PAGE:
Ljudmila Petruševskaja’s “Svoj krug” offers a unique example of the interaction between mythical and plot texts (using Lotman’s terms). The linear unfolding of the narrator’s story of illness is starkly contrasted with the cyclical nature of the rest of the plot, exemplified in the story’s beginning and end, which are isochronal in their evocation of the clever (“umnaja”) narrator. The structure of the narrative of “Svoj krug” points to a mystical submersion into cyclical time.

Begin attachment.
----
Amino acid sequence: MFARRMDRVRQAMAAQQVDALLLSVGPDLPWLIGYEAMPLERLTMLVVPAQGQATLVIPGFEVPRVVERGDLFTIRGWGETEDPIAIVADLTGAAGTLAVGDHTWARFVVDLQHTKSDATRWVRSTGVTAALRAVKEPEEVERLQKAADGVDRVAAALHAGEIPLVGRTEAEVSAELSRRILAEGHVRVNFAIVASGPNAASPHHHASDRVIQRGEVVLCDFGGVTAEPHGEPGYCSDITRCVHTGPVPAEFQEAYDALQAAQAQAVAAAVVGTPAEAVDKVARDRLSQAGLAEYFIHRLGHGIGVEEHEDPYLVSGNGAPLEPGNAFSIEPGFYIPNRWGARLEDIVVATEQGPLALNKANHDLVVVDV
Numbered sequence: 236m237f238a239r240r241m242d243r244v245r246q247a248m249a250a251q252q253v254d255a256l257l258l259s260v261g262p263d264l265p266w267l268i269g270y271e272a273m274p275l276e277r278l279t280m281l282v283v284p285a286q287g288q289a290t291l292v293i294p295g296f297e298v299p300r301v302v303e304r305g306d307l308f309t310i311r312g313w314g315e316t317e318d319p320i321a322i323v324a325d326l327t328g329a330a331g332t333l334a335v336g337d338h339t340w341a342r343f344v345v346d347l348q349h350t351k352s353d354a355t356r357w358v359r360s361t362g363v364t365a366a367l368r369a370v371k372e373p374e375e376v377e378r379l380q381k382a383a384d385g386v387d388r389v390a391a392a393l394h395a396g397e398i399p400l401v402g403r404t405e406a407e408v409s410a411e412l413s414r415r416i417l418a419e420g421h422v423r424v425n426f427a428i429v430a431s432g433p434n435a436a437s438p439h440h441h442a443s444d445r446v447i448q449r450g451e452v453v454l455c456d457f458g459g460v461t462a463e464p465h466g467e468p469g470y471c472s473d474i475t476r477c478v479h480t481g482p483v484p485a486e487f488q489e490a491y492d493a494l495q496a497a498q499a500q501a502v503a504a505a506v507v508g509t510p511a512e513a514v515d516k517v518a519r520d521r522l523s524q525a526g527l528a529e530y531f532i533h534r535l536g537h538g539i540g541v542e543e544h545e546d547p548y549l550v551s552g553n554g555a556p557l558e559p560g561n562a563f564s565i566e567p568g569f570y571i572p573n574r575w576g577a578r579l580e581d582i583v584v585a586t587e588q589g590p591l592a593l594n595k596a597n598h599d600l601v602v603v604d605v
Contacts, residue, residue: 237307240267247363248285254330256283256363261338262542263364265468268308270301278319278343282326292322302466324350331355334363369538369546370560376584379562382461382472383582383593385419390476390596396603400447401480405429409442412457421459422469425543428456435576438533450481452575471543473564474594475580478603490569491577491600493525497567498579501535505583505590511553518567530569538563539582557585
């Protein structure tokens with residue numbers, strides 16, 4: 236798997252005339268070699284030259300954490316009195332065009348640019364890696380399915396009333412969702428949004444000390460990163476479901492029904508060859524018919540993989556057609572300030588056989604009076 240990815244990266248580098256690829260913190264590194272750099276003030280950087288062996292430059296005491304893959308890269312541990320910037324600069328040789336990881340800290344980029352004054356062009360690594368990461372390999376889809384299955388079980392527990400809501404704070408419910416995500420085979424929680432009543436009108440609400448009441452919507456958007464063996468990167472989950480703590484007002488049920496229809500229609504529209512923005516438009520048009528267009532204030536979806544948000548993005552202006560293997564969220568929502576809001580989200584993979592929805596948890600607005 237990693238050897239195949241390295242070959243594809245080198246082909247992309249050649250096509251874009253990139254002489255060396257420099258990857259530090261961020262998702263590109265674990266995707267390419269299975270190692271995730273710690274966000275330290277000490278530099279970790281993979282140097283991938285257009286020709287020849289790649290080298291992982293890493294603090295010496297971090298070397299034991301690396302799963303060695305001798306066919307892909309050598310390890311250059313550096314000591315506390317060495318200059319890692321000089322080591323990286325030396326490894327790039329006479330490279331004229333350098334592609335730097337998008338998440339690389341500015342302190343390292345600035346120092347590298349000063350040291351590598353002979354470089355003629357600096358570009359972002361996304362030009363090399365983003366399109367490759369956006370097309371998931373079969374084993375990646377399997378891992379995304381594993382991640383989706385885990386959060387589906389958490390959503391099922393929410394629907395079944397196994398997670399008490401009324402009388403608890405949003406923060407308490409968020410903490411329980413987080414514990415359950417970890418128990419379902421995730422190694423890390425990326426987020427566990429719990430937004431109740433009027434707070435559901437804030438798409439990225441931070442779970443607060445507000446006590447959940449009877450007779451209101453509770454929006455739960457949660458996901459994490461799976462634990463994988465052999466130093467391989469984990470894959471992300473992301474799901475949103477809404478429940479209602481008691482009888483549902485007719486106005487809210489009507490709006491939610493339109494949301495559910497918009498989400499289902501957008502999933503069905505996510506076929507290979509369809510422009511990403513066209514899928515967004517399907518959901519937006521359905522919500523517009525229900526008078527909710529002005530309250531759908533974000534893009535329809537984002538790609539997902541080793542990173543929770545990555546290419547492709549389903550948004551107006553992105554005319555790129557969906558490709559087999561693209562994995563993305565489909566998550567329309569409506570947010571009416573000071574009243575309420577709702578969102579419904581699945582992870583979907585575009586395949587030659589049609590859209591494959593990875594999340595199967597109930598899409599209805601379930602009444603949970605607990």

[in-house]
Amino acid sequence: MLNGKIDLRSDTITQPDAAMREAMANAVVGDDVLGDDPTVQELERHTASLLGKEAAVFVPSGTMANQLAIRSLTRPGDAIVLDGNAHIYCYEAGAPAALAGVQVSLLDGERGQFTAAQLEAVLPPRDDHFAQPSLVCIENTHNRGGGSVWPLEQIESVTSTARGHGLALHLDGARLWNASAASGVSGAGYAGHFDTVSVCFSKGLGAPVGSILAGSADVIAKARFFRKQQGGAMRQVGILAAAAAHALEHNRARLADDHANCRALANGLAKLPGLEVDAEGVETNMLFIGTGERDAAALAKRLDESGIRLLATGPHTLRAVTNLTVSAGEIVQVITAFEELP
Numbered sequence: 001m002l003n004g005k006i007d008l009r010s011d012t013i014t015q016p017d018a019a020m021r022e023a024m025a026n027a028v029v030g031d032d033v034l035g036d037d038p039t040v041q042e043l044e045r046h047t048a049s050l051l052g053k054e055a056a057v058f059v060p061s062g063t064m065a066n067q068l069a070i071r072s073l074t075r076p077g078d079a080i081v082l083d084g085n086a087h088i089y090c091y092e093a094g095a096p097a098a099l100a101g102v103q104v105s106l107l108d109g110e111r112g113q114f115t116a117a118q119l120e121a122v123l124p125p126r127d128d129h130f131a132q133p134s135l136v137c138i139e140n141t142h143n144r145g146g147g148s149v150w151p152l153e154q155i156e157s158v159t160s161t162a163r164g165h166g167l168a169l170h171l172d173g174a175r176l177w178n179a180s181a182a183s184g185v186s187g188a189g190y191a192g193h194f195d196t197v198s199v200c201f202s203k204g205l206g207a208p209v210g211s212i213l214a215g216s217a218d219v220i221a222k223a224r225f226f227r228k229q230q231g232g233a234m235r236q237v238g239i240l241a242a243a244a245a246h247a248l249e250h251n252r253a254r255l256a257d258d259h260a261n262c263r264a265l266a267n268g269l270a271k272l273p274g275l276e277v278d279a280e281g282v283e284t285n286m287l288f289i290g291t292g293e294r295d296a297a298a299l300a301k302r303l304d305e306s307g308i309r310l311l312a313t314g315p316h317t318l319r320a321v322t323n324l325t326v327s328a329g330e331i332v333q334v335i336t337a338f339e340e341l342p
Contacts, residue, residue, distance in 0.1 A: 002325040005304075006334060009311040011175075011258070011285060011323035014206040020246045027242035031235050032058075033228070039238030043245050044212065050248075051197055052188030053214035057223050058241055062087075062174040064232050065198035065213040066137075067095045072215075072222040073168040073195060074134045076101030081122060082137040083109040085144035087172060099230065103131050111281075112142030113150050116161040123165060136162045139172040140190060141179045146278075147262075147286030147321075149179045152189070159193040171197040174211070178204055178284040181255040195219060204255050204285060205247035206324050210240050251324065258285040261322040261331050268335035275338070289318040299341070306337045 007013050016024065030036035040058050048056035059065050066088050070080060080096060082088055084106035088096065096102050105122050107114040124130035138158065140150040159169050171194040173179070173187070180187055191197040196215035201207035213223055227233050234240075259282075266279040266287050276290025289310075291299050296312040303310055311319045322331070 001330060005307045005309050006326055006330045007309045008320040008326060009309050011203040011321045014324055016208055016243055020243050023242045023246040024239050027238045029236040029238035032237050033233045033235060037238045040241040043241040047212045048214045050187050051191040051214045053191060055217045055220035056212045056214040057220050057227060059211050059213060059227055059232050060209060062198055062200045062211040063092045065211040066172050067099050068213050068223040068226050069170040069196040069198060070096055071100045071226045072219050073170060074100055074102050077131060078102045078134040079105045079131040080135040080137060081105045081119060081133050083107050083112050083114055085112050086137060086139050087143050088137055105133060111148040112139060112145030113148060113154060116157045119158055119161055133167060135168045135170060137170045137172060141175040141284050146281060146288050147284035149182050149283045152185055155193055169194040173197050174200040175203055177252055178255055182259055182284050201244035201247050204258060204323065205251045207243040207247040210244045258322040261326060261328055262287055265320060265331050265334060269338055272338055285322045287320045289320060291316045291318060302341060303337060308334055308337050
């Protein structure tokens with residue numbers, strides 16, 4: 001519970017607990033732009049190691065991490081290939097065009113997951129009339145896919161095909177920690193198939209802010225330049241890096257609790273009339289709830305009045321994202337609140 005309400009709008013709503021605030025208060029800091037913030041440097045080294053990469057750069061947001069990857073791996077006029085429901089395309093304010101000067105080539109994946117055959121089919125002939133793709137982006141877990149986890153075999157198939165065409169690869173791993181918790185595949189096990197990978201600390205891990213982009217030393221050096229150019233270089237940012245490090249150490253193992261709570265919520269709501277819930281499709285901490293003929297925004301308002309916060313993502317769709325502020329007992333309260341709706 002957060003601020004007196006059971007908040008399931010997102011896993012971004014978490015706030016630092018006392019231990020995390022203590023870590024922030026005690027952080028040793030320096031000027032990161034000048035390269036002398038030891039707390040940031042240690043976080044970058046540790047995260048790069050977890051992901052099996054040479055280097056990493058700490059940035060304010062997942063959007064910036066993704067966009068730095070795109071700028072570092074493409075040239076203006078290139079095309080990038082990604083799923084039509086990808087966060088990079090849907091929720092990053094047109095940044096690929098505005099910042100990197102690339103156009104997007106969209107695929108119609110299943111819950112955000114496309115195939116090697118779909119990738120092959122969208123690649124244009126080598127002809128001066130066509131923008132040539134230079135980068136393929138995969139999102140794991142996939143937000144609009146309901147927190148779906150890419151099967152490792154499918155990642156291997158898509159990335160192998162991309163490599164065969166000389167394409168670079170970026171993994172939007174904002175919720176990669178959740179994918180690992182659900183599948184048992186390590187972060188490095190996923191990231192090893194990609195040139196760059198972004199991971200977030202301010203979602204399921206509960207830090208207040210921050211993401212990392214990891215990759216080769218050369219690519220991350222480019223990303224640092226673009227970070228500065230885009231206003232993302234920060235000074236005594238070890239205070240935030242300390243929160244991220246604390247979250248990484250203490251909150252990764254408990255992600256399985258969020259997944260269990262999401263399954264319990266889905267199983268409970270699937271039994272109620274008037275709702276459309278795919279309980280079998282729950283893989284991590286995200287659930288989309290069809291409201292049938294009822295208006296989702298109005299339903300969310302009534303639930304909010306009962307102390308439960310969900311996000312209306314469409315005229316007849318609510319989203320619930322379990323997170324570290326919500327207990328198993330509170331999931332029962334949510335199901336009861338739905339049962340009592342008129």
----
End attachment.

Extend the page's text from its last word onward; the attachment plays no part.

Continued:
In “Svoj krug” a Christian myth (Heaven and Hell) is supplemented by the pagan Nordic myth of the Valkyrie as deliverers of fallen soldiers. Whereas the Biblical myth appears in the story as an embedded narrative, the other is only alluded to with such devices as descriptions of various characters and rituals. My paper traces both Christian myths and pagan myths dealing with transition and loss, in Petruševskaja’s text, in order to illustrate how myth functions in this story. Also important to Petruševskaja is the correlation of spatial images in “Svoj krug” to the geographical lay-out of Moscow, the setting of this story. In her story, Moscow is implicitly connected to Hell through the notion of the structure of circles. This paper shows the relevance of Dante’s Inferno (nine circles of hell and the various sinners present) to Petruševskaja’s representation of Moscow and her inhabitants in “Svoj krug.” My analysis of the use and function of myth in Petruševskaja’s work provides a new interpretation of “Svoj krug.”